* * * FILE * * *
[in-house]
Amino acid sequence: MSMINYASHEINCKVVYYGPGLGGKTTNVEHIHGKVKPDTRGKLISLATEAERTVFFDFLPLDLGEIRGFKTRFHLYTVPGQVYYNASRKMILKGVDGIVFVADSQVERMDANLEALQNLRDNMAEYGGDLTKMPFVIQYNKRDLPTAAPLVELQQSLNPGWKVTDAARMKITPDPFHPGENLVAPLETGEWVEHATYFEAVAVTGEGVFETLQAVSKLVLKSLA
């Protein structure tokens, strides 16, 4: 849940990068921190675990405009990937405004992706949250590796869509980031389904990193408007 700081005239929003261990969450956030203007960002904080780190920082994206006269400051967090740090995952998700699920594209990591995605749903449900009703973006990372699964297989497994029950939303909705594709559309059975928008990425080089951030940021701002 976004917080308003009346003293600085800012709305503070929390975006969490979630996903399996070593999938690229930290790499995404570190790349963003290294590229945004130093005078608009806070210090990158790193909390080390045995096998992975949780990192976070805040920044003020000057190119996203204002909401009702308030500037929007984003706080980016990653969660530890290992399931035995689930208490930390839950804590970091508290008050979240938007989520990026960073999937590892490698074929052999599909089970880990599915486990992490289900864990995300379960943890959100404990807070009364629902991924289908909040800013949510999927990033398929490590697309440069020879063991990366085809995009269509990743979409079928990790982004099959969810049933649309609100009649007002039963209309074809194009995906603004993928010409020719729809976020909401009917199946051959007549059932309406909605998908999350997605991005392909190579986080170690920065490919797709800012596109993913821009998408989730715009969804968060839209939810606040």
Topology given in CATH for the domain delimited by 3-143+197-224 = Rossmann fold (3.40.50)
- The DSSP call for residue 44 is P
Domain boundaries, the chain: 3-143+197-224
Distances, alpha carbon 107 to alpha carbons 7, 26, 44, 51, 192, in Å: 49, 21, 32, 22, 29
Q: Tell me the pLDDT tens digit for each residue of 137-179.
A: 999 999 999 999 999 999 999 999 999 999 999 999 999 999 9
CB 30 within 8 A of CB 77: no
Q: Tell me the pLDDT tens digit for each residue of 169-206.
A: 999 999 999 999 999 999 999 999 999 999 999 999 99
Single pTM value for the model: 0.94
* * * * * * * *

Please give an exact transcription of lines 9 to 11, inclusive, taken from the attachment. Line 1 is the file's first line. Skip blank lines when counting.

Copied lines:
A: 999 999 999 999 999 999 999 999 999 999 999 999 999 999 9
CB 30 within 8 A of CB 77: no
Q: Tell me the pLDDT tens digit for each residue of 169-206.